Proposal for Fair and
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Not too long ago (in paleontological terms), when Butch from the Cape still walked the earth and offered legendary rants as a caller to sports talk radio, I made my first and so far only call one day to a radio show known as the "A-Team." At that time, the "A-Team" paired Eddie Andelman and Dale Arnold, two veteran radio talk show hosts. I am especially partial to Eddie Andelman because of the commitment he has made to raise money for the Joey Fund, a foundation started by Joey O'Donnell's dad in an effort to speed medical breakthroughs.
Anyway, on the day that I was listening, Eddie and Dale were talking about the various All-Star games that professional sports present and the distinctions to be drawn among them. You've got to be in your car driving alone for at least an hour or more to really begin to care about these kinds of questions and call in. But people do. And I did.
My suggestion was straightforward enough. The two baseball leagues (American and National) that define professional baseball's major (not minor) leagues and (theoretically) compete with each other (in a "distinction without a difference" style along the lines of the two major political parties - Democrat and Republican) should present a baseball All-Star contest that would be more meaningful than a mere exhibition. There are already many baseball exhibitions: The Baseball Hall of Fame in Cooperstown, New York, hosts an annual "exhibition game" between an American and a National League team; and each spring (late winter for us) professional baseball teams play "exhibition games" in the Grapefruit League in sunny climes like Florida and Arizona. Baseball players get warmed up to then play 162 regular season games (followed by postseason games) in less sunny climes like Dusty Baker's Detroit, Michigan, or our own Boston, Massachusetts.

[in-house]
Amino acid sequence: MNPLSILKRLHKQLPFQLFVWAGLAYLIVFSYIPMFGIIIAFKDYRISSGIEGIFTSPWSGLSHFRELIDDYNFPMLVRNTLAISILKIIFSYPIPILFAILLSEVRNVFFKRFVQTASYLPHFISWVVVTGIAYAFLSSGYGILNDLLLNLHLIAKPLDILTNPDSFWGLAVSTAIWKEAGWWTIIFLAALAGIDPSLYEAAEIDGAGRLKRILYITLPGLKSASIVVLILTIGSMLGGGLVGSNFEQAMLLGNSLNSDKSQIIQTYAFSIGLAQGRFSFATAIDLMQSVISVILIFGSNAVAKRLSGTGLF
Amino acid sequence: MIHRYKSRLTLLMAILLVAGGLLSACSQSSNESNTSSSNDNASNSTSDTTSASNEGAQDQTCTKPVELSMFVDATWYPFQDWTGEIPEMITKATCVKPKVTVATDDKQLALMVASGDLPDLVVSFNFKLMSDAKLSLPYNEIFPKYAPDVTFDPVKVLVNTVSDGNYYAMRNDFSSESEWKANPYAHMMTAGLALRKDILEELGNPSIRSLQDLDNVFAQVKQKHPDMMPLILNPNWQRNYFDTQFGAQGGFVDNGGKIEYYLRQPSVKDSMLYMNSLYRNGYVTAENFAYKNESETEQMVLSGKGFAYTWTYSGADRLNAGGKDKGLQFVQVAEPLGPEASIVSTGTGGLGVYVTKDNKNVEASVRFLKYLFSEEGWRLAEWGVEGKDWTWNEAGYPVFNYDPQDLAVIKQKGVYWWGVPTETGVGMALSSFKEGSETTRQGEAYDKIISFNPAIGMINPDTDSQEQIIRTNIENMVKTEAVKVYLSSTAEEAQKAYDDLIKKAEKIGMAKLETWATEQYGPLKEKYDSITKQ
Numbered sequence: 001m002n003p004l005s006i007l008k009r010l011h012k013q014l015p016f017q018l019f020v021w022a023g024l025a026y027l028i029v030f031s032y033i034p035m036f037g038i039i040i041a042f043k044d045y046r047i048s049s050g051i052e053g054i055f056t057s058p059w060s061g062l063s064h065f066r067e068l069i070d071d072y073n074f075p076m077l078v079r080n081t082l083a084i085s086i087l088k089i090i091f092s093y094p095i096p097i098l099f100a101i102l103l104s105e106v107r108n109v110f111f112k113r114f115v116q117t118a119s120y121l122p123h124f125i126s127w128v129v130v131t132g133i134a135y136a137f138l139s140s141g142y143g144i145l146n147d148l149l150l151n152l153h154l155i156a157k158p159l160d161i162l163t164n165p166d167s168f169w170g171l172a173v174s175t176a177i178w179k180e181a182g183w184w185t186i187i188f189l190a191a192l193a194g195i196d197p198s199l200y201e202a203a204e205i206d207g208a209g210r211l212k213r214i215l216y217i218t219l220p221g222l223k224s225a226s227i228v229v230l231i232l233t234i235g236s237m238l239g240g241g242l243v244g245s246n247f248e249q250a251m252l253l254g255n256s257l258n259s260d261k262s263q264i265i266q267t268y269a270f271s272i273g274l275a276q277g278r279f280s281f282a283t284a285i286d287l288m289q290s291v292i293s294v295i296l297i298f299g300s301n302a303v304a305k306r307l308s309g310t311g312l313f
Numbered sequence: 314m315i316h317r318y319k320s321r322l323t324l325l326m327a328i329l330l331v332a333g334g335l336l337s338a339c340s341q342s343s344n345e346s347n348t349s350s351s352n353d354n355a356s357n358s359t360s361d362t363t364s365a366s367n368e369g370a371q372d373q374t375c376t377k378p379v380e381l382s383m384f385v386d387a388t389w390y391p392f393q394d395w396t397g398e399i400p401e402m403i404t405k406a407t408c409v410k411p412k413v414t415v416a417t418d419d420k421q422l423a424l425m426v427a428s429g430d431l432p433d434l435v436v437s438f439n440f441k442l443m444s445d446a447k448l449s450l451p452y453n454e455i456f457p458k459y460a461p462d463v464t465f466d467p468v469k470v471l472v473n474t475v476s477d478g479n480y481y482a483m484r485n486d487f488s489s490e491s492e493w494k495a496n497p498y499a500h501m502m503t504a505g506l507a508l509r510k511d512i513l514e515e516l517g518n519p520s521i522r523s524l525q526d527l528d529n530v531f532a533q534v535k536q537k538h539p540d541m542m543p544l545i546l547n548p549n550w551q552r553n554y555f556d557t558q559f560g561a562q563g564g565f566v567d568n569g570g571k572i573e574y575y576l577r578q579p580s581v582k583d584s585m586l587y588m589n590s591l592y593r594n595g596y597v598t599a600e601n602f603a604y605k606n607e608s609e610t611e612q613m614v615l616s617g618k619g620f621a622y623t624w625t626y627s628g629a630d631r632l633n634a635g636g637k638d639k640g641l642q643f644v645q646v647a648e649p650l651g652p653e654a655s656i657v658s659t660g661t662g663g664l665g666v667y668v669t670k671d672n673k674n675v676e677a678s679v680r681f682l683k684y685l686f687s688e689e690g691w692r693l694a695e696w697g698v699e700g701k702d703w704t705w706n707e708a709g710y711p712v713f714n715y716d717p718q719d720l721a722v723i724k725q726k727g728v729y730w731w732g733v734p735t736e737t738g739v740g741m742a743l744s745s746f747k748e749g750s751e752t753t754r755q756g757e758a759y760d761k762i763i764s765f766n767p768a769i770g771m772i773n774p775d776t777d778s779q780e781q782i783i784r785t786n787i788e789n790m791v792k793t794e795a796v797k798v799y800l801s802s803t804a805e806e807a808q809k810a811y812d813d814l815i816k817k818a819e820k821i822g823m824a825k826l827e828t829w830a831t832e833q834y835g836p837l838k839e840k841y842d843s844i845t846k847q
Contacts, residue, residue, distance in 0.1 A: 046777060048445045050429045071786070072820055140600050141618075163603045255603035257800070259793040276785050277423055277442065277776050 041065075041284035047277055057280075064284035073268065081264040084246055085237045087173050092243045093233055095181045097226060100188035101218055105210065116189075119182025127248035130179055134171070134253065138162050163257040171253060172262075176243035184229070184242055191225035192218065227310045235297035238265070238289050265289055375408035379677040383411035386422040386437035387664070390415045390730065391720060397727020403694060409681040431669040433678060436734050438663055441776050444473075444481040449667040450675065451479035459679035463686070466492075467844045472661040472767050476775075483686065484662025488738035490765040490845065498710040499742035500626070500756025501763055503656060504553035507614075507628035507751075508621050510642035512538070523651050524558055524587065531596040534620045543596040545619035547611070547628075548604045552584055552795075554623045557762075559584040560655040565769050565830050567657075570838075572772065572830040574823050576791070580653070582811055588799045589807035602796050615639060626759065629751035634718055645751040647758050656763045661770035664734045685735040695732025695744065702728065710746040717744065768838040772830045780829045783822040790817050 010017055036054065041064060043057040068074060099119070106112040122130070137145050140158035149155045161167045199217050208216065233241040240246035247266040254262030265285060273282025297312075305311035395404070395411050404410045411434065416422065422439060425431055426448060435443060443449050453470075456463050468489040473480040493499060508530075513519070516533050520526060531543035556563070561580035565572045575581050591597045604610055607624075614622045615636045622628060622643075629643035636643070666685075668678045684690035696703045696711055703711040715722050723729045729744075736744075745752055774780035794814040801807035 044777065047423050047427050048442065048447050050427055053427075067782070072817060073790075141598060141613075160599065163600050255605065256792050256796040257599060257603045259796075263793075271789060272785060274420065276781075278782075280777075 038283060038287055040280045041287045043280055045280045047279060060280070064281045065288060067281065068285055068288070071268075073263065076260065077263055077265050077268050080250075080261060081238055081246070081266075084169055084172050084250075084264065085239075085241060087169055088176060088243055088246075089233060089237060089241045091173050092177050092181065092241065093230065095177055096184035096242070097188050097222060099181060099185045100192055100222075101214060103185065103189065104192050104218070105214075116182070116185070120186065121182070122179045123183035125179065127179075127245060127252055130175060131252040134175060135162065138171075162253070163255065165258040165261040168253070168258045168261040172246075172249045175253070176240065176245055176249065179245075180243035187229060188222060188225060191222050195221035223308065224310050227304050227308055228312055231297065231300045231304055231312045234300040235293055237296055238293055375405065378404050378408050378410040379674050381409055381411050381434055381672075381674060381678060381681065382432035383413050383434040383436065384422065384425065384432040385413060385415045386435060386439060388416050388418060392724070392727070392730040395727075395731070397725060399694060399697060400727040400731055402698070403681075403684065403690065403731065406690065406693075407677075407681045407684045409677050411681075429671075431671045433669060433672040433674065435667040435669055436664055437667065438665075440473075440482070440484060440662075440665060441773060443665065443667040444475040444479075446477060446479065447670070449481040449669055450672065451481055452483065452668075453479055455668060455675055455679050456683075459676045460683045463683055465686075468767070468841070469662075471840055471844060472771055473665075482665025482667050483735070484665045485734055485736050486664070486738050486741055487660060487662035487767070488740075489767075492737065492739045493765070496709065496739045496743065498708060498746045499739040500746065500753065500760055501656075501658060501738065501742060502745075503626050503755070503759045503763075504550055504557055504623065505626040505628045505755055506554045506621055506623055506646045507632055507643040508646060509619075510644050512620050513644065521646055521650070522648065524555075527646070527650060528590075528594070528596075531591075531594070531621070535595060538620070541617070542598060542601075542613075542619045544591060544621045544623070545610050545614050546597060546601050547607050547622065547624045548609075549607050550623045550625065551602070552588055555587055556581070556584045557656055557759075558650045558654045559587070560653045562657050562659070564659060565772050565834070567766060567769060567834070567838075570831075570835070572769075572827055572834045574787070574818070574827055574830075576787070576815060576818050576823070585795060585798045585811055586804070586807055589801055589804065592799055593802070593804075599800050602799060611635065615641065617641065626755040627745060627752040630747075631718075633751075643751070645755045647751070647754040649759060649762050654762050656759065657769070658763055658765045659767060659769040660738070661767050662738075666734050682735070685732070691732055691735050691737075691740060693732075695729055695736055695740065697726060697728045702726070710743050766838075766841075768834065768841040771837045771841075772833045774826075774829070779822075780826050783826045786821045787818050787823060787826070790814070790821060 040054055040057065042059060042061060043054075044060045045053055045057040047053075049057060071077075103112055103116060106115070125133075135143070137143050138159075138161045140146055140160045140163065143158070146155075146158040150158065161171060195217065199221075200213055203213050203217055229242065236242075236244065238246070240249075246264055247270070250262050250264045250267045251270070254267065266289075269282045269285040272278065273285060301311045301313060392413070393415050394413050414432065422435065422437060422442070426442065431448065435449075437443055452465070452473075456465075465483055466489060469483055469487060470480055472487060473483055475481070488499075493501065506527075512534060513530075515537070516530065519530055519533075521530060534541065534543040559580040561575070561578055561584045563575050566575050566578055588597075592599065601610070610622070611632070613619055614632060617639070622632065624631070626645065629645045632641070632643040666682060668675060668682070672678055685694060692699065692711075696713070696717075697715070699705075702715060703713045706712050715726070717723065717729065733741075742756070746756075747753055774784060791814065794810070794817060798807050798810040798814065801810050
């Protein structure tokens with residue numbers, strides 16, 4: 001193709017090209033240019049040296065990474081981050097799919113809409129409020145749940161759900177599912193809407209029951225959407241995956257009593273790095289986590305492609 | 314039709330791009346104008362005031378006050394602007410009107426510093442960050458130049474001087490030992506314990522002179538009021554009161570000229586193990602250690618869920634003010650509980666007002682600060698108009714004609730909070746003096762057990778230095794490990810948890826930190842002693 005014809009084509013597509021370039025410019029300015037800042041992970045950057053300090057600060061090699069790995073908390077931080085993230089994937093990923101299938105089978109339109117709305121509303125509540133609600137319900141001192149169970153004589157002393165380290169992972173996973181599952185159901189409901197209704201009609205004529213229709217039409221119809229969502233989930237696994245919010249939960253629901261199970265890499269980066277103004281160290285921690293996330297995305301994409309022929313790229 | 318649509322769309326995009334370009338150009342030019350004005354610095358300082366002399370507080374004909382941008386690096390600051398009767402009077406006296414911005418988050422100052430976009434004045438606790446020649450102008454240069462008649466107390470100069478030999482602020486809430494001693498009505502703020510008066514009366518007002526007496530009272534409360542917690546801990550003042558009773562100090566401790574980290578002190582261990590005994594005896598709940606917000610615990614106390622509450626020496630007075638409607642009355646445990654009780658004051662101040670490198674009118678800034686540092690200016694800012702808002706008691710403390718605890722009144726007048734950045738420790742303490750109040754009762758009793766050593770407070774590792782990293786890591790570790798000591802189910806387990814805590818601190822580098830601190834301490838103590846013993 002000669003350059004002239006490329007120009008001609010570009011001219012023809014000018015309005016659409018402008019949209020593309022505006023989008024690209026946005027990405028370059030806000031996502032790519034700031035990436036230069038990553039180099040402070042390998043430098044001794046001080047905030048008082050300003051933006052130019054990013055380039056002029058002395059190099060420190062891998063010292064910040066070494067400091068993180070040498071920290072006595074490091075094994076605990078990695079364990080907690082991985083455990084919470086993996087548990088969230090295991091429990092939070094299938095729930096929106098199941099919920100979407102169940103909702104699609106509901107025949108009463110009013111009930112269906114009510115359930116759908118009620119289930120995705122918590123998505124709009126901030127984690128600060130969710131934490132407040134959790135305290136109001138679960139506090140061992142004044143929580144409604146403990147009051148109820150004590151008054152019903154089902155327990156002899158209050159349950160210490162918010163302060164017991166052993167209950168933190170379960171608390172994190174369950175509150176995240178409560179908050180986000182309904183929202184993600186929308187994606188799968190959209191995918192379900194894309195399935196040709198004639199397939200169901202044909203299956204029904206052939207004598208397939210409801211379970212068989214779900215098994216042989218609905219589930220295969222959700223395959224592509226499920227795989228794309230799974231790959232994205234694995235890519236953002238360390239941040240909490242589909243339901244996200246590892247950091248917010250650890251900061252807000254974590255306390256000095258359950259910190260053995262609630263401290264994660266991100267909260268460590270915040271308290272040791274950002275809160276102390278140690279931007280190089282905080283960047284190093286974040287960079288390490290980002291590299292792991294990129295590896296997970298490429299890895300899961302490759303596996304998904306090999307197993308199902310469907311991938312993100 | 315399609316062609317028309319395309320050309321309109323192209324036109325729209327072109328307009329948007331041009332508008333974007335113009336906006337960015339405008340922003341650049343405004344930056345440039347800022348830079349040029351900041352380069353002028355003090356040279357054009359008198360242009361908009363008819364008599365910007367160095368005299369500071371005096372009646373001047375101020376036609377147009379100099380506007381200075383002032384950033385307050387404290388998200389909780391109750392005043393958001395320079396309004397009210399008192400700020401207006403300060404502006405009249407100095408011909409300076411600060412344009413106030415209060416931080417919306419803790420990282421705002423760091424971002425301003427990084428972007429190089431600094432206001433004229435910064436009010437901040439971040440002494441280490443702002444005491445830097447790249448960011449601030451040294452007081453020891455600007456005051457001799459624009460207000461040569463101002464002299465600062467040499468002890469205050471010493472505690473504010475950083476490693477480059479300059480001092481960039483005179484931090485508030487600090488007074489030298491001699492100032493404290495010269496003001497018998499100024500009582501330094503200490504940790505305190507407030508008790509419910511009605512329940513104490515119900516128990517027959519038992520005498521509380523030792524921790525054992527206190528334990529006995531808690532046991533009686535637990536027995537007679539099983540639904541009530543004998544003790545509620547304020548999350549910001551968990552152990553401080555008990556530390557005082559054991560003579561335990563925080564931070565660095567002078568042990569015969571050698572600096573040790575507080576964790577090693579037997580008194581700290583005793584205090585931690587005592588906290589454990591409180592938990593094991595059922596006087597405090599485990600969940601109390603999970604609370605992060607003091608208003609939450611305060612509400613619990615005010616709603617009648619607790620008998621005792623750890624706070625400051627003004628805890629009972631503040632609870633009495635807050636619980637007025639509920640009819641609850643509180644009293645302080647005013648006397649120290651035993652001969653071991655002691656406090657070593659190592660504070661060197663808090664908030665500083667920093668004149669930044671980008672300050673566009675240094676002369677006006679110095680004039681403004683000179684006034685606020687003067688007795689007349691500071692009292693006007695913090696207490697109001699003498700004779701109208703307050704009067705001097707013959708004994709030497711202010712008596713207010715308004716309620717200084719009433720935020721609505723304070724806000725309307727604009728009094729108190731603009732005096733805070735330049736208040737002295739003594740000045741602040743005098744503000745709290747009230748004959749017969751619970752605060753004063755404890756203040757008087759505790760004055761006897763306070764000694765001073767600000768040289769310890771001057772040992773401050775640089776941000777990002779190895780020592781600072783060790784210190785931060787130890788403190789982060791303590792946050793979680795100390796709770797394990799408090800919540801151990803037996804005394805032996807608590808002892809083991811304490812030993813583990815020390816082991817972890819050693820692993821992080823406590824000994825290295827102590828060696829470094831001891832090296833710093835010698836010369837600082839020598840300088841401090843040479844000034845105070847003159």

As a kid, my memories recall that the All-Star games were far more intense than the sunflower spitting contests that the major leagues have staged recently. In 1970, the collision between hell-bent-to-score Pete Rose and catcher Joe Fosse at the plate defined a level of competitiveness that hasn't been matched in the three decades since. Now players have seemed far more anxious and competitive about how they will do in the home run hitting contest the day before than the All-Star game itself. And the tie score fiasco of the 2002 All-Star Game suggests that even in a meaningless game of baseball, notions of winning, losing, and accountability have all but evaporated.
So, more than a year and a half prior to the 2002 debacle, my suggestion aired over the radio waves that baseball's All-Star game would be far more interesting if it had meaning. And it would have meaning if the winning league won the right to the home field advantage in the best-of-seven series known as the World Series (a contest open only to America's major leagues).